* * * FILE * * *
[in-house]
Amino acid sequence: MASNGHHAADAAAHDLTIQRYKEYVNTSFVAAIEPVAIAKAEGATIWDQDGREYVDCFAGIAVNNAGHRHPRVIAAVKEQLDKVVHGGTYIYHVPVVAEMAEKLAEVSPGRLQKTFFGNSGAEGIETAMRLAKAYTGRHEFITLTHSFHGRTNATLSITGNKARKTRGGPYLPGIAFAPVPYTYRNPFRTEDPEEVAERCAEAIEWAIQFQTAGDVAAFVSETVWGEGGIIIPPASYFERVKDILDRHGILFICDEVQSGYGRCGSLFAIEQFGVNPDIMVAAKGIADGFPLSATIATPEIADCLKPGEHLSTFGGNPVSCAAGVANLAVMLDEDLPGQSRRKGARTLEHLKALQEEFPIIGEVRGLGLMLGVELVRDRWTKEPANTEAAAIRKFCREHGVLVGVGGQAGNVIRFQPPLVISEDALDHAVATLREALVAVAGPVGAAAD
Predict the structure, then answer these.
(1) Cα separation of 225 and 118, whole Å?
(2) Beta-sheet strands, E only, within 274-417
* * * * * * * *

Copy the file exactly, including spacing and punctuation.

[in-house]
Amino acid sequence: MASNGHHAADAAAHDLTIQRYKEYVNTSFVAAIEPVAIAKAEGATIWDQDGREYVDCFAGIAVNNAGHRHPRVIAAVKEQLDKVVHGGTYIYHVPVVAEMAEKLAEVSPGRLQKTFFGNSGAEGIETAMRLAKAYTGRHEFITLTHSFHGRTNATLSITGNKARKTRGGPYLPGIAFAPVPYTYRNPFRTEDPEEVAERCAEAIEWAIQFQTAGDVAAFVSETVWGEGGIIIPPASYFERVKDILDRHGILFICDEVQSGYGRCGSLFAIEQFGVNPDIMVAAKGIADGFPLSATIATPEIADCLKPGEHLSTFGGNPVSCAAGVANLAVMLDEDLPGQSRRKGARTLEHLKALQEEFPIIGEVRGLGLMLGVELVRDRWTKEPANTEAAAIRKFCREHGVLVGVGGQAGNVIRFQPPLVISEDALDHAVATLREALVAVAGPVGAAAD
Predict the structure, then answer these.
(1) Cα separation of 225 and 118, whole Å?
(2) Beta-sheet strands, E only, within 274-417